Have you ever driven from the suburbs straight into a metropolis and suddenly felt the air around you get hotter? Even if you have not, if you have lived both in the suburbs or the country, and the city for a quite a while, you must have noticed that the city is significantly hotter than country or the suburbs. This is the urban heat island effect. You can realize why this effect is called ‘island’ if you look at the picture below.
There are a couple of reasons why this happens:
- Buildings are quite efficient in absorbing (if the buildings are dark-colored) and reflecting (if the buildings are light-colored) heat. Due to reflections and the dense building networks in cities, the heat is bounced back and forth between buildings. Thus the heat is effectively trapped.
- Dense rows of buildings block winds and this reduces heat lost by convection
- Urban drainage systems do not allow much water to stay on the ground. So, the amount of evaporation is less. This also contributes in increasing urban temperatures.
- Waste heat from industries, air conditioner etc. also plays their part in rising urban temperatures
- The fact that urban areas have lower vegetation cover does not help
So, what is the solution for this burning island? Well, there are quite a few solutions, but I will mention just one very important one. That is, the increasing of green space.
Plants lose heat by the process of transpiration, that is losing water through their leaves and other parts. Because water has a very high specific heat, which means a lot of heat is needed to increase the temperature of a unit mass of water, its temperature does not rise much even in a hot day. Thus, when this water is released into the atmosphere, the temperature there also remains low. Thus, we see water acting as a kind of heat buffer.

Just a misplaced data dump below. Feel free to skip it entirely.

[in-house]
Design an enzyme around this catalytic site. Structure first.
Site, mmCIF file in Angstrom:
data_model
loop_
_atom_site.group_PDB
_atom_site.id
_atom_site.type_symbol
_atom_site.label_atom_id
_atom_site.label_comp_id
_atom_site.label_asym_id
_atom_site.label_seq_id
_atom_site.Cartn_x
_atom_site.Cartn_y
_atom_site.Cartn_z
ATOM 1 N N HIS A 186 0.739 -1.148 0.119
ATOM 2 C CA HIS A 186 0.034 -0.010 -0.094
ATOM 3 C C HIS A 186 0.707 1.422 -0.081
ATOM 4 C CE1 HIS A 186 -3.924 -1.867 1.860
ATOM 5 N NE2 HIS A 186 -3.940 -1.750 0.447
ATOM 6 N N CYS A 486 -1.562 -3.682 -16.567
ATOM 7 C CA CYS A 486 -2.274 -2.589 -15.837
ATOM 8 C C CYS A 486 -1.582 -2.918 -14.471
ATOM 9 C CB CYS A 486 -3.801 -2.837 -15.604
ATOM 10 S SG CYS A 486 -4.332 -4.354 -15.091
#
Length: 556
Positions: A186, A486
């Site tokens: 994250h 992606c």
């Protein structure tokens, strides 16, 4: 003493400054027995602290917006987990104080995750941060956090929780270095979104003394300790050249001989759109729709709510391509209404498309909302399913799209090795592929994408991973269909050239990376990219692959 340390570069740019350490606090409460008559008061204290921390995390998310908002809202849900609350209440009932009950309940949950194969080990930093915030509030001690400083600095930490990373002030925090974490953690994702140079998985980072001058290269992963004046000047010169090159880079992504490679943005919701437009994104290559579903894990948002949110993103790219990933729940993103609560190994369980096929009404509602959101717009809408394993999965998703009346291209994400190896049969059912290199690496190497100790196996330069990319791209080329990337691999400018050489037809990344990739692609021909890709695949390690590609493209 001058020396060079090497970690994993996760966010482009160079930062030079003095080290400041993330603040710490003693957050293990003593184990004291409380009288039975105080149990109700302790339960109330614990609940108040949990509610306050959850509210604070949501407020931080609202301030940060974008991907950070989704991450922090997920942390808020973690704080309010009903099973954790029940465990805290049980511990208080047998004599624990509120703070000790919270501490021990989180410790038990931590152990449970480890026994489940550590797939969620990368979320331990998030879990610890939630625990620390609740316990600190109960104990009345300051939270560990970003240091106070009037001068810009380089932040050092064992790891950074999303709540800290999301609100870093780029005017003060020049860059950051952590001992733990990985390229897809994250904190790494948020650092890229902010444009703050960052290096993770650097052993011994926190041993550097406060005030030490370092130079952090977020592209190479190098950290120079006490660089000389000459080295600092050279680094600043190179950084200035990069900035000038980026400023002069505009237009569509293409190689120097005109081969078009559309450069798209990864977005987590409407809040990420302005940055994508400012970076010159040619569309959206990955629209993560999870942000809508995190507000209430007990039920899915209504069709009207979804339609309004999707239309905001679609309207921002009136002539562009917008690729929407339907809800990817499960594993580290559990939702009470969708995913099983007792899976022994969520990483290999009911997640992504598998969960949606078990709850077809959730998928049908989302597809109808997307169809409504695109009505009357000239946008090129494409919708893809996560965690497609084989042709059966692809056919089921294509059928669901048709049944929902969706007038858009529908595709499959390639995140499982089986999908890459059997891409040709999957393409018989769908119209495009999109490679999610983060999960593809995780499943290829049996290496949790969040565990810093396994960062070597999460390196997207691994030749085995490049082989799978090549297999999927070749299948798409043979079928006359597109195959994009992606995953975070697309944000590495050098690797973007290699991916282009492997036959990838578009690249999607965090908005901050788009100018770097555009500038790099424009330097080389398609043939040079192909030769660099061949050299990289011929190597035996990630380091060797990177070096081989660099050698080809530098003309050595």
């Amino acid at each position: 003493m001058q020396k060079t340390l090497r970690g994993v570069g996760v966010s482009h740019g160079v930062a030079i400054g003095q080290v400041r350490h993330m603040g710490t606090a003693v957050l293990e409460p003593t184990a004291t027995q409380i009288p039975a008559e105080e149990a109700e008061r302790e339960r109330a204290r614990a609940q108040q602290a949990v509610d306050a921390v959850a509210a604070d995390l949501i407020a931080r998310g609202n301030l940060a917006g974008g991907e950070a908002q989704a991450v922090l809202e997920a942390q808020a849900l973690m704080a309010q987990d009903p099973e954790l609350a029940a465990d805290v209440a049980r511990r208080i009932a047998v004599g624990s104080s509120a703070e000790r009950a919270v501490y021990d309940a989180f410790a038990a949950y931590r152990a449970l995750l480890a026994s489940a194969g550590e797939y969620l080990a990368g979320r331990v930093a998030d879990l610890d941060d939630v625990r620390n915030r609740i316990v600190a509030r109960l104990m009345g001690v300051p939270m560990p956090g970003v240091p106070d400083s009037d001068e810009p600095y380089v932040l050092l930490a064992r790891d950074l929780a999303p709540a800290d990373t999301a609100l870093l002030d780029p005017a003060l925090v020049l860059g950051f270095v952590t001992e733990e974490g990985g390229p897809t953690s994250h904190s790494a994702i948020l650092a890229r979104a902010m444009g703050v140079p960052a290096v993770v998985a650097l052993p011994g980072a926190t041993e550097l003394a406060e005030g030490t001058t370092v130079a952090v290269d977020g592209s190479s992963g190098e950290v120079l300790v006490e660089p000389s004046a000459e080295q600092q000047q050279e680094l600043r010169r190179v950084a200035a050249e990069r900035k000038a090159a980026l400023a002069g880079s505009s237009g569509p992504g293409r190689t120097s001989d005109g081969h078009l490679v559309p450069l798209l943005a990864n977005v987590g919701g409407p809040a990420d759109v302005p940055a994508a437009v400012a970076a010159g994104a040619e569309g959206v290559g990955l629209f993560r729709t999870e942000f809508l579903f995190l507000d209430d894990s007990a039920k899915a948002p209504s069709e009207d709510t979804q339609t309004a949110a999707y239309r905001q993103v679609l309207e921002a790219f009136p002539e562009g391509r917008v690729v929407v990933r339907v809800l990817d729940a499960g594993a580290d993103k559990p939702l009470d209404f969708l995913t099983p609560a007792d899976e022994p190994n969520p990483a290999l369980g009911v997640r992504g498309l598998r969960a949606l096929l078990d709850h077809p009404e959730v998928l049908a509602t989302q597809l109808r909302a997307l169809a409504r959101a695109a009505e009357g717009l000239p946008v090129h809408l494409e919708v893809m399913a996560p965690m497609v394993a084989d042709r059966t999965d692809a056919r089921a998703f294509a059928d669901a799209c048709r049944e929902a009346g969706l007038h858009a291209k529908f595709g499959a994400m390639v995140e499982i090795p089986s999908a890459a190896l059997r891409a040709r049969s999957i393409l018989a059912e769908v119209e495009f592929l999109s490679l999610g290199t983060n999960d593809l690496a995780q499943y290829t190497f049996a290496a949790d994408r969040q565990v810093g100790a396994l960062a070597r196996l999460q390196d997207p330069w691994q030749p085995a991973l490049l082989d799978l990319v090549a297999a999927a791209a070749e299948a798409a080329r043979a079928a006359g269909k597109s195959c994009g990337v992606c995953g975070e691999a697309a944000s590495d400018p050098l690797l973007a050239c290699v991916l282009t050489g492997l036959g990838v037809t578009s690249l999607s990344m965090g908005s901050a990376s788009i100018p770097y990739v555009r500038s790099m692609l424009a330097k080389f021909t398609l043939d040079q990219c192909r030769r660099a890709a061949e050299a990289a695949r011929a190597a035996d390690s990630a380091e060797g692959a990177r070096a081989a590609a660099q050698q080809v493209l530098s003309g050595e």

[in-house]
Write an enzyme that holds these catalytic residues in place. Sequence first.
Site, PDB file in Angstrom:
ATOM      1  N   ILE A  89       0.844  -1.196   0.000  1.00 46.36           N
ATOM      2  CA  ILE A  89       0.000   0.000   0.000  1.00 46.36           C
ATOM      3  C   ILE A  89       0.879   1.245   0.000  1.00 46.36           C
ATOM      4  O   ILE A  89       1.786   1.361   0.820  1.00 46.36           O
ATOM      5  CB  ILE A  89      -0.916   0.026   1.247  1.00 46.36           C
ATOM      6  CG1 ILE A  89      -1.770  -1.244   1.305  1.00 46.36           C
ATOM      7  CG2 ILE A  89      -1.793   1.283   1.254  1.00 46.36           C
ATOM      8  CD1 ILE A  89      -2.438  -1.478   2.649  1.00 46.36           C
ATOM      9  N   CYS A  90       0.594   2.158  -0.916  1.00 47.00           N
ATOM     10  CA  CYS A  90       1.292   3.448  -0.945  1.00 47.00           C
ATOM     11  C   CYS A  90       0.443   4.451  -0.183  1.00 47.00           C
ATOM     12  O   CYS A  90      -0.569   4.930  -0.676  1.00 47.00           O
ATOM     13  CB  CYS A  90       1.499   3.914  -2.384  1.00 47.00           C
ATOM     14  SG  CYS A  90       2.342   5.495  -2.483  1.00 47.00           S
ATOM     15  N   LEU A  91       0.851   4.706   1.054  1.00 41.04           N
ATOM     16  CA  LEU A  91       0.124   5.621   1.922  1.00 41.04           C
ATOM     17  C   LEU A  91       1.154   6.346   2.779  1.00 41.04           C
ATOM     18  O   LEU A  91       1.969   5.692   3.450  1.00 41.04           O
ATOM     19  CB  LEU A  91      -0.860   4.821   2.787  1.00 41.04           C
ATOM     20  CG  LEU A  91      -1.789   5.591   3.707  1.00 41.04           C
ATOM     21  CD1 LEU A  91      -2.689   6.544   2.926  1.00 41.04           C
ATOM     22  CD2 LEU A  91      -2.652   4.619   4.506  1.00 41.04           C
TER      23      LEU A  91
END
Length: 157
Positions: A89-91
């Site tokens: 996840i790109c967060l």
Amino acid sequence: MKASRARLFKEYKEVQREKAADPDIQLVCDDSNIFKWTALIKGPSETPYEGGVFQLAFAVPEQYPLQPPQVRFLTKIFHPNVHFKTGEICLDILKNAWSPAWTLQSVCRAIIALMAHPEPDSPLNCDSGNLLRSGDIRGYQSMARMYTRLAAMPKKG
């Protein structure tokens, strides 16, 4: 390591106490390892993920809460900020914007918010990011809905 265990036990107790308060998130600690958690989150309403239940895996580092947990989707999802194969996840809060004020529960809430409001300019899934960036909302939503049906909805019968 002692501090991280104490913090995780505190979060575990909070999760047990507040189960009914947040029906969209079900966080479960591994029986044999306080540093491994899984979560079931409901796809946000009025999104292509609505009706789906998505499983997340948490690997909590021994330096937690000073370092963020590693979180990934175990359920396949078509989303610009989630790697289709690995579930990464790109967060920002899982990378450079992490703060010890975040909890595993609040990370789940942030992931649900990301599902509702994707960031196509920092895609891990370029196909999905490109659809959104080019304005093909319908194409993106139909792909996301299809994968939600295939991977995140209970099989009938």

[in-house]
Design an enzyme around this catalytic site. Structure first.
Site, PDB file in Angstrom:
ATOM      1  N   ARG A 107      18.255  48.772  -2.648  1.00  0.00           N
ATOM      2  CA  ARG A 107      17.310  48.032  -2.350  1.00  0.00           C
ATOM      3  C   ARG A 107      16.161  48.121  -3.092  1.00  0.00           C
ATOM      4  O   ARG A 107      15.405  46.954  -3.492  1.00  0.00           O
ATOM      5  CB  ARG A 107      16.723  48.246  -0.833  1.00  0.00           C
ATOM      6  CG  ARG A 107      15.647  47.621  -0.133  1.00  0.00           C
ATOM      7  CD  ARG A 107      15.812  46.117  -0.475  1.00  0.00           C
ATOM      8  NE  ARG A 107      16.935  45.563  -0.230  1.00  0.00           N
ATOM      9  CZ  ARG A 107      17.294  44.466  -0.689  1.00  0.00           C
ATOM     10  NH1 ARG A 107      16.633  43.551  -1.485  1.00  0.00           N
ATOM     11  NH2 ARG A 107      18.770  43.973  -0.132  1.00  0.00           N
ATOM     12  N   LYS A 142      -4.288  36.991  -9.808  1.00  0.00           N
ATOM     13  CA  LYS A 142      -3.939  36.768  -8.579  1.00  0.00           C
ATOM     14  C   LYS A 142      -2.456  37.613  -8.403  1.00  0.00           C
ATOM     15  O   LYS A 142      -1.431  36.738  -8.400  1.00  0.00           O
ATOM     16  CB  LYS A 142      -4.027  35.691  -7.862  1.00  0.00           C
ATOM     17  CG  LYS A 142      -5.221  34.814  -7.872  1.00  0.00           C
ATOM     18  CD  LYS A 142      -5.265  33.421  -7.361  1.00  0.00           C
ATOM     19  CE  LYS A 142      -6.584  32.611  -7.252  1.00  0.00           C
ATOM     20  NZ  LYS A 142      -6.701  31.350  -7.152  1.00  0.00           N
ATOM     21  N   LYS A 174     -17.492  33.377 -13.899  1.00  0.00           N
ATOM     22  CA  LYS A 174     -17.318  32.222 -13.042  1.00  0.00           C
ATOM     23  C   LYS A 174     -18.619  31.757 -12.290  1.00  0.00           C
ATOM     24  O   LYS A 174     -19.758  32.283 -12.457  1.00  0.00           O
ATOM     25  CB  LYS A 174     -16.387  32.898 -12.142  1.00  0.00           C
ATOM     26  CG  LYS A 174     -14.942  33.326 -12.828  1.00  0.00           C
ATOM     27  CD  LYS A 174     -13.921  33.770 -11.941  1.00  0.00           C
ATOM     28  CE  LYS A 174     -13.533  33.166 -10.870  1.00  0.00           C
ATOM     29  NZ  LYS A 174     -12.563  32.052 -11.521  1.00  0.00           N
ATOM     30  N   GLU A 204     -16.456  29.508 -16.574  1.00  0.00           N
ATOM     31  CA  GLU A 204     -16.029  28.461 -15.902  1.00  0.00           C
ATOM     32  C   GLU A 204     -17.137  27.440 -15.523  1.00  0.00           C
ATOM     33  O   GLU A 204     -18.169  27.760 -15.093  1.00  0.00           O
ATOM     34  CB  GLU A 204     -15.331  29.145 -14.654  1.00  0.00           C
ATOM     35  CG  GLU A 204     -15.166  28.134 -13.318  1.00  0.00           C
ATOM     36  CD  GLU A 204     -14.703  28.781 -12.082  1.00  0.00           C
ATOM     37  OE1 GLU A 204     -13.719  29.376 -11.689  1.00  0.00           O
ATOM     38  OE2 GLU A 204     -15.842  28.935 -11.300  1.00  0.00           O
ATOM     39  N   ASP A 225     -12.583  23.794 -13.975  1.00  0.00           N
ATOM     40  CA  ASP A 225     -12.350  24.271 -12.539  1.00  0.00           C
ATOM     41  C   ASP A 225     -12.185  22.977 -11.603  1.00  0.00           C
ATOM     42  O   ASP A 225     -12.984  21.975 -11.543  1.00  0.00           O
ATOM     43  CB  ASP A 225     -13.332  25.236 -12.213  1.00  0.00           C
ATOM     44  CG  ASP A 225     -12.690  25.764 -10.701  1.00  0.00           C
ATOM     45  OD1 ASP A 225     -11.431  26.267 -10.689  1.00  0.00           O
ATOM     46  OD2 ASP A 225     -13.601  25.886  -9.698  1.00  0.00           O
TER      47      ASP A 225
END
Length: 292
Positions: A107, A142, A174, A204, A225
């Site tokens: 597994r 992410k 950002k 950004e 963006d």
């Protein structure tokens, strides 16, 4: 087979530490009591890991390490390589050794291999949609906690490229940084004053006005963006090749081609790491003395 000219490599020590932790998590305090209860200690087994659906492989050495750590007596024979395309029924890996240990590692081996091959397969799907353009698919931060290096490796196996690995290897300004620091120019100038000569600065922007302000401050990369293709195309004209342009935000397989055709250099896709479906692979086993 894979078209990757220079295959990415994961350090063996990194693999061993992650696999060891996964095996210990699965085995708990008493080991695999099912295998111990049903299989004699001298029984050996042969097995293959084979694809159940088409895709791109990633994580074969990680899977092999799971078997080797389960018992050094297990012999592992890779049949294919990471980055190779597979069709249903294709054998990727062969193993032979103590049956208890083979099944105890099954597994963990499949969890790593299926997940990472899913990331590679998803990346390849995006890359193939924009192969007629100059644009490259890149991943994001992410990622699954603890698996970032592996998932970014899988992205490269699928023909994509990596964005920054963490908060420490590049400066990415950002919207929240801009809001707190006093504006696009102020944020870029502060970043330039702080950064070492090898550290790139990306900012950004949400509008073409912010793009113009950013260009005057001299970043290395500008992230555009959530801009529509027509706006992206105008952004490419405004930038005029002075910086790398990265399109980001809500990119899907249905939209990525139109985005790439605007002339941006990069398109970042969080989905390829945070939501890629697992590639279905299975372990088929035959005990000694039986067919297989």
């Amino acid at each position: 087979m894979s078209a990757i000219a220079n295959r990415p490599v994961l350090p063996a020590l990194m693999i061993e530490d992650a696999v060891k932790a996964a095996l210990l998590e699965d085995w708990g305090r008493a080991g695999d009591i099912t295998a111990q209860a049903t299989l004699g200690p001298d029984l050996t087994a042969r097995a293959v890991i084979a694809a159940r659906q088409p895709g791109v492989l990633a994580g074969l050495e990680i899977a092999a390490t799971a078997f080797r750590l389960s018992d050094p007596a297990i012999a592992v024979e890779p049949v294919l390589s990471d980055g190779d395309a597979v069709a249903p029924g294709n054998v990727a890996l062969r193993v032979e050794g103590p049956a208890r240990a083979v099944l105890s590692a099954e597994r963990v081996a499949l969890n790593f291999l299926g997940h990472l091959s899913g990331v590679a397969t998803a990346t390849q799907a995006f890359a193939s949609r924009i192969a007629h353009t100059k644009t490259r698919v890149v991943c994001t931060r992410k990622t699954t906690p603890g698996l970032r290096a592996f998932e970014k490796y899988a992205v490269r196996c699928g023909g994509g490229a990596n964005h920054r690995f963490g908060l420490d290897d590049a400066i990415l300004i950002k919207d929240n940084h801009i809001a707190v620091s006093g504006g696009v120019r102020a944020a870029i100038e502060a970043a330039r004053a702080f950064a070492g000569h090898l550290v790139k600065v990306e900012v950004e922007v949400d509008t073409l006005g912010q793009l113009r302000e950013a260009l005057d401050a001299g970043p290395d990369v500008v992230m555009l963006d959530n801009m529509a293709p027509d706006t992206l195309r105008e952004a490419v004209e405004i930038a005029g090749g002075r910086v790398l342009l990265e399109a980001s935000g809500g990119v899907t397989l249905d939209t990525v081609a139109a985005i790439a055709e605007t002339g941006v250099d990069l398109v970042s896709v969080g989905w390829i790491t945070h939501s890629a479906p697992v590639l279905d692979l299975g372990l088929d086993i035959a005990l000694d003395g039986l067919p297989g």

In fact, researchers at Manchester University have found out that just by adding 10% of green cover, the maximum surface temperature of Greater Manchester can be kept to the 1961-1990 baseline for up to the 2080’s. (Carter and Handley, 2006)
Here are two pictures of the city where I live, Dhaka. The images have been taken from Google Earth. You can obviously tell where it is more comfortable.
As you can see, if we do not want Dhaka to be a completely unlivable city, we really need to start working now. And increasing green cover is one of the most important thing to start working on.
Do you live in a city? What does your city look like and how much of the urban heat island effect do you feel there? Is there a lot of green cover there? Comment below and we can have a little discussion.
C3 Headlines Available At: http://www.c3headlines.com/global-warming-urban-heat-island-bias/
Carter J. and Handley J. (2006) Adaptation Strategies for Climate Change in the Urban Environment, draft final report to the National Steering Group Available At: http://www.sed.manchester.ac.uk/research/cure/research/asccue/publications.htm